• Proof of Service by Mail (Form FL-335)

After teh person who mailed the Declaration for you has filled-out the form, photocopy the form and take these forms to the court clerk. The clerk will file and stamp all of the forms. The court will keep the original of each form, and will give the copies of these forms back to you.

KEEP YOUR COPY OF EACH "PROOF OF SERVICE" IN A SAFE PLACE and take it to any court hearing that has been scheduled in this case.

Visitation with your child is not automatically addressed in a guardianship hearing.

If you and the proposed guardian cannot reach a clear agreement about your rights to visit your child, as you prepare for court you need to be ready to raise the issue.

IF a guardianship is granted by the court:

  • when
  • where
  • how often, and
  • under what conditions could you visit your child.

Guardianship cases often have more than one hearing.

  • Sometimes a Temporary Guardian is appointed until the general guardianship petition is decided upon.
  • While the case is going on, and if you and the Temporary Guardian cannot agree about visitation, you may ask the judge to order visitation until the case has been decided.

Next, a court investigator will study the case.

Meanwhile, there are things you can do to prepare for your court hearing.

Get a checklist to use to prepare for court on your hearing date.

After a guardianship case is filed, a court investigator will do a background check. If no one is against the request to appoint a guardian, the court investigator will probably not be involved further.

However, if someone is against the request, that means the case is contested. In that situation, the court may order an investigation before the hearing. This will help the judge decide who should have custody of the child.

The investigation will possibly include:

  • A visit to the homes of the possible guardian and the parents. The visit will look at things that affect the best interests of the child, such as: how clean is the home, is there room for the child in the home, what is the atmosphere of the home, and is the child comfortable in the home.
  • How well the child is doing with both the possible guardian and the parents,
  • Interviews with the parents, the proposed guardian and the child.
  • Interviews with doctors, therapists, teachers, other case workers, friends, and any other people who have information about the best interests of the child
  • If the child is of Native American/American Indian ancestry, then the investigator will also work with the child's tribe to get more information.

After the investigation, the investigator will write up a report. The investigator will summarize for the judge the social history of the child, the interviews, and information about the home visits. The investigator will explain his or her concerns about each home. The report will also include a recommendation for a plan that he or she believes is in the child's best interests.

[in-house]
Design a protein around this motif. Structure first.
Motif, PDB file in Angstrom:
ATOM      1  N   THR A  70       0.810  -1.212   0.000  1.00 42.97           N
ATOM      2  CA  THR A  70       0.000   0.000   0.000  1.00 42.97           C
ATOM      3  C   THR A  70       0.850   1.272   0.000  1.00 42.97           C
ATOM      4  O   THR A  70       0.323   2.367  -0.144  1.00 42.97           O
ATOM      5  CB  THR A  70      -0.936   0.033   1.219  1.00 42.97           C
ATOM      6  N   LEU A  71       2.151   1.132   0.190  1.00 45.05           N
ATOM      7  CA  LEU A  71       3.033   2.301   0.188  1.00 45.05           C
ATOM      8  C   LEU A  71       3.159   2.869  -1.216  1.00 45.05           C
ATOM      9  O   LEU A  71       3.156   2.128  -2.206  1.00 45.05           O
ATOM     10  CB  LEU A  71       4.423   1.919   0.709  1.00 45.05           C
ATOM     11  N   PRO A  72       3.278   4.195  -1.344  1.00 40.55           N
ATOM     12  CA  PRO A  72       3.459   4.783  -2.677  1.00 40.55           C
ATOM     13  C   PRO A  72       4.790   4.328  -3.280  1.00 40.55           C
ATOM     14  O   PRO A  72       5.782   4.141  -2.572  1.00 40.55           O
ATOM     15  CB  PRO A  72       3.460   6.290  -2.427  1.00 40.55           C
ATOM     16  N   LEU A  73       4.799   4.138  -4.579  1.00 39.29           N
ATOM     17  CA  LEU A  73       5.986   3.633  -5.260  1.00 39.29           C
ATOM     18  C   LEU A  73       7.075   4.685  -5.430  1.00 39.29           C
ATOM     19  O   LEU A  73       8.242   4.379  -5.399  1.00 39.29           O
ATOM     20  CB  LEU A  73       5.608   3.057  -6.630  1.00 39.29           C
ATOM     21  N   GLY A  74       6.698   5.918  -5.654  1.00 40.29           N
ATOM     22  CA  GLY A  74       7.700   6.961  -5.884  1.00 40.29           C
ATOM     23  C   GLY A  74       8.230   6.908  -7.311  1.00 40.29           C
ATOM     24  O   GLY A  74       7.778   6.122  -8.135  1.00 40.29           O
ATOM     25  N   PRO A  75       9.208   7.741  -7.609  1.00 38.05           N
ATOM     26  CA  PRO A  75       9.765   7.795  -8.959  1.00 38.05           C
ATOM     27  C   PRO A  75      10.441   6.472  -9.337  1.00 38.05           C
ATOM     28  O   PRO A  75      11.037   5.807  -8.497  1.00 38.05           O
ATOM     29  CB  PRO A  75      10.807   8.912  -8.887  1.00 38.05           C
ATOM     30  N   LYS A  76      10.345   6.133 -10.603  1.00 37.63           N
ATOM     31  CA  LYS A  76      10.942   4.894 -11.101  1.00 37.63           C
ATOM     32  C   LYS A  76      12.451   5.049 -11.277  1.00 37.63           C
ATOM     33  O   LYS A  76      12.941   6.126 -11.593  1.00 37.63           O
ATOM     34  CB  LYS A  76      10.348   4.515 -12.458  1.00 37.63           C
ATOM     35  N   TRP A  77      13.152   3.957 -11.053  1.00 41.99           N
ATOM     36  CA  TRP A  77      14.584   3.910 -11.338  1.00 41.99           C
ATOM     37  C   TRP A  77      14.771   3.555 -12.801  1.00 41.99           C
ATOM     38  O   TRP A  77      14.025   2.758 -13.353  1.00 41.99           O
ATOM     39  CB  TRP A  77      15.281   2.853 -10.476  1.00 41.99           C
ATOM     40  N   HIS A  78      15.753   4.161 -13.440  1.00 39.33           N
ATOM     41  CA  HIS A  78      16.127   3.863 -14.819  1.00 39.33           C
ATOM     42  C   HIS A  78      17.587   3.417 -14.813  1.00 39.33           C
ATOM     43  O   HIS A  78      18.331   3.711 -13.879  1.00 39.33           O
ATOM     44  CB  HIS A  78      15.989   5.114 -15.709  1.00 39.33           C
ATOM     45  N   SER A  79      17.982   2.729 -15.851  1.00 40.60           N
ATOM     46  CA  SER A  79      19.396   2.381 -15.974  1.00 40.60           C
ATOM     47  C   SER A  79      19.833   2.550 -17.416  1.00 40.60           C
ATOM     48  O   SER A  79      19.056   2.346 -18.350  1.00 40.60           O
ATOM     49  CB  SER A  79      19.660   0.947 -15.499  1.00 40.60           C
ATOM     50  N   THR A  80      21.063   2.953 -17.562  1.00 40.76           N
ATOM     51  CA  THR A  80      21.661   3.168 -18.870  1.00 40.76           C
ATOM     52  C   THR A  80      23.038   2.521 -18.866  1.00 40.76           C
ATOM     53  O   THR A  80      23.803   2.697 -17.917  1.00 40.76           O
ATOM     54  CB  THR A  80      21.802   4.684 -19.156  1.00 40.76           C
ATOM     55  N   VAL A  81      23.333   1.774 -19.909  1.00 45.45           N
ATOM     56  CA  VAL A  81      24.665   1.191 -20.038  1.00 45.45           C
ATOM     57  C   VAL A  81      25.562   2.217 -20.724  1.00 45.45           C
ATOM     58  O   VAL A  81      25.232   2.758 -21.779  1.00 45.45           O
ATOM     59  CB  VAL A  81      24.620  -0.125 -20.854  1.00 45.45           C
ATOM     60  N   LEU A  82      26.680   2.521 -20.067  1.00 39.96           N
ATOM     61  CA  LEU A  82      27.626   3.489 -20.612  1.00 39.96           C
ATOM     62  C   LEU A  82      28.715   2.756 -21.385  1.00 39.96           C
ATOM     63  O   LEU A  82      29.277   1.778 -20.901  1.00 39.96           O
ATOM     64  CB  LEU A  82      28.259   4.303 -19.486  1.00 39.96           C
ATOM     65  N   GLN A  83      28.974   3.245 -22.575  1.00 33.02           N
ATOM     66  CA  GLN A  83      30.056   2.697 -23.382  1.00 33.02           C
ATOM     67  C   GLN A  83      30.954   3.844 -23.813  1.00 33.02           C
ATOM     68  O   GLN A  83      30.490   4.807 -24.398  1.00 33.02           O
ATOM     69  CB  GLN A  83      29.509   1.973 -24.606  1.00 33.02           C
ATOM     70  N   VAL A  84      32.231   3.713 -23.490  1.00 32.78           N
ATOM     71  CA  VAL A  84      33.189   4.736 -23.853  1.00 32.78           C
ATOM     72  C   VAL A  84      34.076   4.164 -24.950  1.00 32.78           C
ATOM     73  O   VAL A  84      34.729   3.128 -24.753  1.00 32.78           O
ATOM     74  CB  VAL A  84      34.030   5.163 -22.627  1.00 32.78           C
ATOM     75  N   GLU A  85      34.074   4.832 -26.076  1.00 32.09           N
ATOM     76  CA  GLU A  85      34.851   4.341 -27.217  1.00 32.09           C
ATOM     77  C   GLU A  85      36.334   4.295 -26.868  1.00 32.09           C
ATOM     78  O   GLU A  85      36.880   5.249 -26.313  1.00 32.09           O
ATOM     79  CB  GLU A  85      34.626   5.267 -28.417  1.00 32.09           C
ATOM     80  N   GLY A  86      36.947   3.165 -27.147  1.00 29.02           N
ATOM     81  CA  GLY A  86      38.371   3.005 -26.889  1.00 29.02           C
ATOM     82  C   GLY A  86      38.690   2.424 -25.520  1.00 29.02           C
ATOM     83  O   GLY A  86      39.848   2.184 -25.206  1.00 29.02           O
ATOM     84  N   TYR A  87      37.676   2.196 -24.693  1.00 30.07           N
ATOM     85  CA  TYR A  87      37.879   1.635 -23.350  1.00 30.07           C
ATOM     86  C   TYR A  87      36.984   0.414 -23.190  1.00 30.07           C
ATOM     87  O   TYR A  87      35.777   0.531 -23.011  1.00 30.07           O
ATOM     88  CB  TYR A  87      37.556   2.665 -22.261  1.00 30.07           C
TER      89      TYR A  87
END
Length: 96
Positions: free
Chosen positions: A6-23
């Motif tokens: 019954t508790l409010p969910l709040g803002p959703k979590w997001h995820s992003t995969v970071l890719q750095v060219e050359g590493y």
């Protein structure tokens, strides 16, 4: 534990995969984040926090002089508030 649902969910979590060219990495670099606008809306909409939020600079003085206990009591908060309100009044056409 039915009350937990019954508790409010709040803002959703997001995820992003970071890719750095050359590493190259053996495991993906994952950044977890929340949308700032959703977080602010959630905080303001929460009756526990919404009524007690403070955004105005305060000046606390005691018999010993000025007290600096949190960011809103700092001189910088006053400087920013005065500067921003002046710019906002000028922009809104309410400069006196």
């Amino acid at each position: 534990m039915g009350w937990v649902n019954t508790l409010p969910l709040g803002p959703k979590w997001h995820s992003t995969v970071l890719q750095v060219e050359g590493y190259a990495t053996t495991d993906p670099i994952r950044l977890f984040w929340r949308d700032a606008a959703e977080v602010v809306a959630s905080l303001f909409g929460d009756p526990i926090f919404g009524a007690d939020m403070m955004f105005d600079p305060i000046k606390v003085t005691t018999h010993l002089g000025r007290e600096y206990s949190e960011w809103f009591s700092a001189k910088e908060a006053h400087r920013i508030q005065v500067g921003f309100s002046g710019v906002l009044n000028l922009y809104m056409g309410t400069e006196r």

NOTE: A court investigation costs around $800.00. The potential guardian or the parents may be required to pay all or some of this cost. The court investigators will usually recommend who should pay the investigation fees.

It may be possible that your county's court has a local form that can be used to ask the court to allow all or part of this fee to be paid later.

In California, guardianship hearings take place in a courtroom. These hearings are often very short (sometimes as little as 10-15 minutes), so you really need to plan ahead if you want to give the judge your information before he or she makes a decision. To get ready
for your court hearing:

Know Your Own Case

  • Read the court papers carefully. Understand what you asked for, and what the other party has asked for in their papers.
  • Before your own hearing, summarize, organize and write down the key points you want to tell the judge. Try to make it as clear and simple as you can. Be ready to explain why the judge should approve (or not approve) each request. Practice speaking a few times - if you can, practice in front of friends or family.
  • Make an outline listing your reasons for each request and how the other named party responded. This will help you to speak to the judge if you get nervous in court.
  • Be sure to focus on the issues that are the reason your court date was scheduled. The judge cannot address issues that are not identified in the original paperwork filed to request the hearing. If you have other problems to resolve, you can schedule a separate hearing for that purpose.
  • Get ready to bring copies of all of your paperwork with you to court, including:
    • Copies of everything you've filed with the court concerning your case,
    • Copies of everything that has been served on you in this case, and
    • Any other paperwork that is related to your case.
    • Also bring a copy of an documents you have filed recently to show the judge - just in case the paperwork did not make it into the file.